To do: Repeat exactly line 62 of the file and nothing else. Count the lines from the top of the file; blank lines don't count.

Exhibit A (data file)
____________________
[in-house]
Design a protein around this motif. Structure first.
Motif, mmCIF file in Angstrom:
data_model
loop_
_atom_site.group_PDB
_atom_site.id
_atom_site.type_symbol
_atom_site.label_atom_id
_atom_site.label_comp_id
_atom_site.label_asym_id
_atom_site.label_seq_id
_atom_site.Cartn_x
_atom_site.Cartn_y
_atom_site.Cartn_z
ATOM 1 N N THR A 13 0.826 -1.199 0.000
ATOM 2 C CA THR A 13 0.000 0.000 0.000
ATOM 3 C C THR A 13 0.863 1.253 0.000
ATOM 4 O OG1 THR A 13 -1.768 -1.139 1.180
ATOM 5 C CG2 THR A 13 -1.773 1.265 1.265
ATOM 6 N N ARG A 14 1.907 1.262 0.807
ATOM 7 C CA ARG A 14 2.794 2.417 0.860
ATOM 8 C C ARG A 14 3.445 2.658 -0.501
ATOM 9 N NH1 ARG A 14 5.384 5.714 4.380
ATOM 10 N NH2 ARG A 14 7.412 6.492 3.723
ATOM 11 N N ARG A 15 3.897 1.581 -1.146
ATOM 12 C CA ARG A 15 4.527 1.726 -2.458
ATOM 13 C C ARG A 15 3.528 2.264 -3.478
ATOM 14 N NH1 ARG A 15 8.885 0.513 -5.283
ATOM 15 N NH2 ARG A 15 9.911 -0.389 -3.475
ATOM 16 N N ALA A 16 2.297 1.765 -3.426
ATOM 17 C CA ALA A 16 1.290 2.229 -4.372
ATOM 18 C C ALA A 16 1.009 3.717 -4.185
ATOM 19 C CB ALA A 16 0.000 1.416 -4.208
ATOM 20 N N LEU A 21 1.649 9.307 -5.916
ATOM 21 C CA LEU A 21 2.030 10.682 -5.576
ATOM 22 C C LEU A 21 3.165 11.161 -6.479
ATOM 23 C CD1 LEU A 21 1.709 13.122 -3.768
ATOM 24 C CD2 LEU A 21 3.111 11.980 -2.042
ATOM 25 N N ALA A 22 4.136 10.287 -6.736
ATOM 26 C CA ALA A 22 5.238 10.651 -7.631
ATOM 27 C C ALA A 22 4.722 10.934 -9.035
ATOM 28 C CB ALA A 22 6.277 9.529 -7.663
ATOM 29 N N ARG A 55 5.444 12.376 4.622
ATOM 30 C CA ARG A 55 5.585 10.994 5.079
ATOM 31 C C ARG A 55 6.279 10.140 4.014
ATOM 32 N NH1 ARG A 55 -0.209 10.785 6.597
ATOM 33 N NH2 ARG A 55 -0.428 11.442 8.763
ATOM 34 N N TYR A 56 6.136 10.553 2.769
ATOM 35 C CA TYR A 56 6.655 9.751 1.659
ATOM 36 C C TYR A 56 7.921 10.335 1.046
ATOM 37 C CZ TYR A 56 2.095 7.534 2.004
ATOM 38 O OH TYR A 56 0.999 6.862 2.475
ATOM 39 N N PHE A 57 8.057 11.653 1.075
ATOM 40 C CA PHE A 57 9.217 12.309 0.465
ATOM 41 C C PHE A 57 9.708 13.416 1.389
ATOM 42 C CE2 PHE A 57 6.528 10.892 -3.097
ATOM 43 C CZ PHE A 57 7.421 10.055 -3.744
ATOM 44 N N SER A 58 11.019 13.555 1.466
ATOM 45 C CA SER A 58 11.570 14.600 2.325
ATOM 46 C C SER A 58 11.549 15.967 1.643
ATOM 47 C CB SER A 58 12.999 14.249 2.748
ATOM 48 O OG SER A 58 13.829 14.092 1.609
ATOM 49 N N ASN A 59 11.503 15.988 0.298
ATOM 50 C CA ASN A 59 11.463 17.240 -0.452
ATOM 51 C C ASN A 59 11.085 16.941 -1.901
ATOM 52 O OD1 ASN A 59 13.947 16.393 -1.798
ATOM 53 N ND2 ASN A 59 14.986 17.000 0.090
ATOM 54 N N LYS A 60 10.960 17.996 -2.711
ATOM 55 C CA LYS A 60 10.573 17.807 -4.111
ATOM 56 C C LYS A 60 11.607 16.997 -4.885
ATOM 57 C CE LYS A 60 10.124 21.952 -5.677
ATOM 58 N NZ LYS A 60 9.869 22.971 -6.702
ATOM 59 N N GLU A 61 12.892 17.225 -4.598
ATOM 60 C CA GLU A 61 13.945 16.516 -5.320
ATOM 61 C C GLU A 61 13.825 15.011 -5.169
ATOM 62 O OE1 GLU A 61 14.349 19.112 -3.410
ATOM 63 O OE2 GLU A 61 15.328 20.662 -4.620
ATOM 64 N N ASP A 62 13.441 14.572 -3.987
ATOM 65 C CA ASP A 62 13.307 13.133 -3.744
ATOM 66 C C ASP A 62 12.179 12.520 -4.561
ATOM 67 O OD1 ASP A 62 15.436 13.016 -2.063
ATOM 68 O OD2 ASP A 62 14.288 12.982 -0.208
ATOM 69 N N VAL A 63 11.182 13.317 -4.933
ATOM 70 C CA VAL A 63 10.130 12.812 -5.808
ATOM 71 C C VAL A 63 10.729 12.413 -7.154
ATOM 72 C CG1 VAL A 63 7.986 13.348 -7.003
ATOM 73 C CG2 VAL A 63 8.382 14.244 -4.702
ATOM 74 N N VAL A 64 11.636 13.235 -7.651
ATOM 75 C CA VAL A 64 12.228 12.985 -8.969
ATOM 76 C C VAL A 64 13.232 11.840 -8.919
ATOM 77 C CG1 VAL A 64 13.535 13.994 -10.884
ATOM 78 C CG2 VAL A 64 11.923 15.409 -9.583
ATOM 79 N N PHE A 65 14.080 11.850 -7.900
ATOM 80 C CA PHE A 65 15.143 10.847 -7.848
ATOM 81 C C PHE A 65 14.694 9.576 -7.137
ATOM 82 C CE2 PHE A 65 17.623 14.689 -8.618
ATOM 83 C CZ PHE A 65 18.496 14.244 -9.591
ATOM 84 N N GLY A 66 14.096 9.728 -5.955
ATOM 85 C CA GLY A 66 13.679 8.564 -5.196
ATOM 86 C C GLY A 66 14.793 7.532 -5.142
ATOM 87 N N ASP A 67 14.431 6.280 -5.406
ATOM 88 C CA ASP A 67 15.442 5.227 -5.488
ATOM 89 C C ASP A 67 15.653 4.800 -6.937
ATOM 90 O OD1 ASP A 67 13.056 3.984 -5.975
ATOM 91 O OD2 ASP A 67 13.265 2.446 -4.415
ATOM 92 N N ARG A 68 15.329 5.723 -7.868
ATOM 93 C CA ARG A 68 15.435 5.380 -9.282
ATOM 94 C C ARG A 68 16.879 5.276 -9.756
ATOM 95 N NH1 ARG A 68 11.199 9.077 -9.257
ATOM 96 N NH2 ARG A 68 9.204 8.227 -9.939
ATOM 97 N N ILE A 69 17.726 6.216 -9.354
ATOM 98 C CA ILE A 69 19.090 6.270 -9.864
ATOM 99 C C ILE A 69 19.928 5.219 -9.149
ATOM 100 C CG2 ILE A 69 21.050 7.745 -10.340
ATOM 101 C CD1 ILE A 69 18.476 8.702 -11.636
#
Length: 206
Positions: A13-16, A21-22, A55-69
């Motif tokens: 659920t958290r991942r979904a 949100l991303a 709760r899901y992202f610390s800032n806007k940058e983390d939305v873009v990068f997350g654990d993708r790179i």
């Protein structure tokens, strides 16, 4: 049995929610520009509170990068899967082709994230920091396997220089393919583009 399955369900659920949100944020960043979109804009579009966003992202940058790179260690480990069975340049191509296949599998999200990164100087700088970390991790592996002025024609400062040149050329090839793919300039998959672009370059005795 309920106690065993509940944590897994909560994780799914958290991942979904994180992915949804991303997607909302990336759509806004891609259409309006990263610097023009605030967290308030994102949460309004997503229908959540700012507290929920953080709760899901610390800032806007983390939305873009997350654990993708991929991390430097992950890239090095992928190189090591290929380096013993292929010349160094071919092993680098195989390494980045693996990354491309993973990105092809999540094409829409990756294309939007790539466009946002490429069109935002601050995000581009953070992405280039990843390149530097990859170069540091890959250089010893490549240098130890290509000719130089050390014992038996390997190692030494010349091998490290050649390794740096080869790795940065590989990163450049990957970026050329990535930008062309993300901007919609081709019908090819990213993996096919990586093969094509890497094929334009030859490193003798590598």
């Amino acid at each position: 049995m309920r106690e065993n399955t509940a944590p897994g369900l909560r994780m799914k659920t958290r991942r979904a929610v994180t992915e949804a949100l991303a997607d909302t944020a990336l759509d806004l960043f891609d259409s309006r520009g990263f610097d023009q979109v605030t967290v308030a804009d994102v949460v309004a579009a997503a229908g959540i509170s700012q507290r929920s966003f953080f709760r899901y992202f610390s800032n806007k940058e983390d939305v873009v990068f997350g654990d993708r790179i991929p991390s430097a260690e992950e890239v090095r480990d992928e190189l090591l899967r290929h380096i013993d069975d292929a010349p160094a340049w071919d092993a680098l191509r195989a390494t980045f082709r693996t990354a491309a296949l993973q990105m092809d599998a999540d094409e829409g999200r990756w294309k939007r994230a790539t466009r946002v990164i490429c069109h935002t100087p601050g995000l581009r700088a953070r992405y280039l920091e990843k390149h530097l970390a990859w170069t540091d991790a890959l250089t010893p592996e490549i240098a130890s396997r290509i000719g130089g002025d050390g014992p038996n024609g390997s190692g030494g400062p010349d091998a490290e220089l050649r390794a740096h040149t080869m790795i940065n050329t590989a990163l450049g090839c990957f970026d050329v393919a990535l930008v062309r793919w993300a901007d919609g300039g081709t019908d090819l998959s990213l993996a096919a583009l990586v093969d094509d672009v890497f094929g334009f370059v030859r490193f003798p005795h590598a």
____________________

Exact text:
ATOM 47 C CB SER A 58 12.999 14.249 2.748